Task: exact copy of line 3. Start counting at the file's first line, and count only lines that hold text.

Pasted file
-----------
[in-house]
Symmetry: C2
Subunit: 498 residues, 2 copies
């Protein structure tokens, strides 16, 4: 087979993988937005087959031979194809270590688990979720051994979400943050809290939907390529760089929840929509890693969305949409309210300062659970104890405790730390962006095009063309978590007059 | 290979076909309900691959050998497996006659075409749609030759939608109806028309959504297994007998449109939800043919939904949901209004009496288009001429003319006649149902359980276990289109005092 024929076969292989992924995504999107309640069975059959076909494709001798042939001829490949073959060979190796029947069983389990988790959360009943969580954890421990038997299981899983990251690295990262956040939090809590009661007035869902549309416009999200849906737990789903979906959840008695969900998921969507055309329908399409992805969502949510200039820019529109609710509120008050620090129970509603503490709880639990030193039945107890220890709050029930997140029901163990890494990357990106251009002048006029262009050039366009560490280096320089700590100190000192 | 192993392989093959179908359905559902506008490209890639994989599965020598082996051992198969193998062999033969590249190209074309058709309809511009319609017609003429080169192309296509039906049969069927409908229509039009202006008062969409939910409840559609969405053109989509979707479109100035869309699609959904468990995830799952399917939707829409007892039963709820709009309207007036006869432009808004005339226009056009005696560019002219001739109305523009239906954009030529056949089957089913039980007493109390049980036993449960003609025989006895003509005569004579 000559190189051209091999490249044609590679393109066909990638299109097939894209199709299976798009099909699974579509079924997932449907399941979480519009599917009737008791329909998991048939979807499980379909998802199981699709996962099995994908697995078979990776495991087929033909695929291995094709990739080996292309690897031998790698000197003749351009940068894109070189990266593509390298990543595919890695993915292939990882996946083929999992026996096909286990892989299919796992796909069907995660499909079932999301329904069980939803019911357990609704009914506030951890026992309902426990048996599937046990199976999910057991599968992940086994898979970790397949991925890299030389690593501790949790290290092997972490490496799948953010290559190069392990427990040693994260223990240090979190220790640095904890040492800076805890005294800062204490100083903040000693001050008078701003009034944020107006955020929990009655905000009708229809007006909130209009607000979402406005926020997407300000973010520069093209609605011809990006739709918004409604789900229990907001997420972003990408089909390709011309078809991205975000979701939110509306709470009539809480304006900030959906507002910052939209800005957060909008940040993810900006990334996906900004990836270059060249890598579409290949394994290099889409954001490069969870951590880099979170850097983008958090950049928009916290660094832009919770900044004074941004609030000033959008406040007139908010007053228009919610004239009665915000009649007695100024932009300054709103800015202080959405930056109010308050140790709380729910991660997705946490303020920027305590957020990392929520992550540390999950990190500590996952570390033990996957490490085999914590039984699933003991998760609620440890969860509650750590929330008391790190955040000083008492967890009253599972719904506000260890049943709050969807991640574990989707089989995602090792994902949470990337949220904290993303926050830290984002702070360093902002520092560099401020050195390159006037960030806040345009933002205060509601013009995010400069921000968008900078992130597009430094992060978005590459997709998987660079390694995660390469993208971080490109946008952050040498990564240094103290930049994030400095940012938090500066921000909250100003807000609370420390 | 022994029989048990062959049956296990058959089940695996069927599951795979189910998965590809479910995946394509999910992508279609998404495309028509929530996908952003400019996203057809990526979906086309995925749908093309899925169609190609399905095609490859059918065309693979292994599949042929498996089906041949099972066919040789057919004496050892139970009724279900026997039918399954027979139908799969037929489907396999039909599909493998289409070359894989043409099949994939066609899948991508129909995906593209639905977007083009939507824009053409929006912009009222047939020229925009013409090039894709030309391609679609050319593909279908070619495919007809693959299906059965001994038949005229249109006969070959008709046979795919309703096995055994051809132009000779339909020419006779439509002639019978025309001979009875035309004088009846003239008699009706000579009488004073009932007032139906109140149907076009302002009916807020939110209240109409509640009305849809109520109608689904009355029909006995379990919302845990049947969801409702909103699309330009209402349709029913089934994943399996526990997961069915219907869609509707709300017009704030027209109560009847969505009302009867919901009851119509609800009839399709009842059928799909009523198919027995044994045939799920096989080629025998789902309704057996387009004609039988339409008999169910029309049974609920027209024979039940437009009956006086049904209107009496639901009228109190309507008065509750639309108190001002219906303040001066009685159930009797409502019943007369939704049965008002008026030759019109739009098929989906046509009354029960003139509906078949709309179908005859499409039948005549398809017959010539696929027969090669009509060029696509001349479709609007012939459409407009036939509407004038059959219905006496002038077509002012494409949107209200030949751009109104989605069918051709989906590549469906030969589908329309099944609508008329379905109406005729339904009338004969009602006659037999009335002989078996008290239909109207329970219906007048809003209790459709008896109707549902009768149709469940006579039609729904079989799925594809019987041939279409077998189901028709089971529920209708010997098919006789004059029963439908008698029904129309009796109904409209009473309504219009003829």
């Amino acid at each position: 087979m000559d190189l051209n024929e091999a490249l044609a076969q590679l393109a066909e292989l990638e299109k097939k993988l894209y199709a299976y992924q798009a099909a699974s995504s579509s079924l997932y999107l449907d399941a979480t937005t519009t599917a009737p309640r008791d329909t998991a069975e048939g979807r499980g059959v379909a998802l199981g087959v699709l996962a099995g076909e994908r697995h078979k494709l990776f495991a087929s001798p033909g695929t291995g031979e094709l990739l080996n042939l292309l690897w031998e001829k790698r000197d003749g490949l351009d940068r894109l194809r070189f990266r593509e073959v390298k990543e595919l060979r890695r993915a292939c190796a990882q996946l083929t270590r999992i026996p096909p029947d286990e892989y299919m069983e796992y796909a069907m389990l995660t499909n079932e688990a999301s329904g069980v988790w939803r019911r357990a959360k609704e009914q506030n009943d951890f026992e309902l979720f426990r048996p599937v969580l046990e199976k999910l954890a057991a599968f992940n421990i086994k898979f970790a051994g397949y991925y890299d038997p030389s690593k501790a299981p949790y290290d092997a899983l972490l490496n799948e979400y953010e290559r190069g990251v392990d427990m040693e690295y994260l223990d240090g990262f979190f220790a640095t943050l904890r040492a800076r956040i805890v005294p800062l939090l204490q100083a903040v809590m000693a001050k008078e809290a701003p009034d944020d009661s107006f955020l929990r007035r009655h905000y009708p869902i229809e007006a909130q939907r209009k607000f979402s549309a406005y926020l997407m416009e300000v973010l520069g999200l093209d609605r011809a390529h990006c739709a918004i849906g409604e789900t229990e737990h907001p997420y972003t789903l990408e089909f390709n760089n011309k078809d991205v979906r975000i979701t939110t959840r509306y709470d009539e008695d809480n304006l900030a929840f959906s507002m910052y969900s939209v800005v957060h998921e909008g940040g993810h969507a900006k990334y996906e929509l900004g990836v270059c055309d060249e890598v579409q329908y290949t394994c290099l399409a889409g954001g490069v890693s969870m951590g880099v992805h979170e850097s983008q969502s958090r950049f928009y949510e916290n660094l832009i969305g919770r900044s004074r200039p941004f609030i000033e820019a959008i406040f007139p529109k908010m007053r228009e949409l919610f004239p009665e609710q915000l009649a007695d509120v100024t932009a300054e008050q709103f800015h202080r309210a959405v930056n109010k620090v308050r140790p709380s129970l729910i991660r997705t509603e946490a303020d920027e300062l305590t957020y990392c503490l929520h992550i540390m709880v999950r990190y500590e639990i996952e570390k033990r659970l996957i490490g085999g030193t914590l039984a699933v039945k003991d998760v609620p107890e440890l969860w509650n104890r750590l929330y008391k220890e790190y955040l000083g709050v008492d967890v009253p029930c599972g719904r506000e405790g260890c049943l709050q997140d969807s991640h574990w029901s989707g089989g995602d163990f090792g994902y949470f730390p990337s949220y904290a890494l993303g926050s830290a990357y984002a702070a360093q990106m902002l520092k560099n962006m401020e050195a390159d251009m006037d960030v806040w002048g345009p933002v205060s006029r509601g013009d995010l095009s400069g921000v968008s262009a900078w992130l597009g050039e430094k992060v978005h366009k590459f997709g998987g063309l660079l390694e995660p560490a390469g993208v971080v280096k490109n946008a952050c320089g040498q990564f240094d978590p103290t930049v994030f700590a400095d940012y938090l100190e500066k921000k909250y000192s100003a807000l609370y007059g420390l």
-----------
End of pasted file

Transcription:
Subunit: 498 residues, 2 copies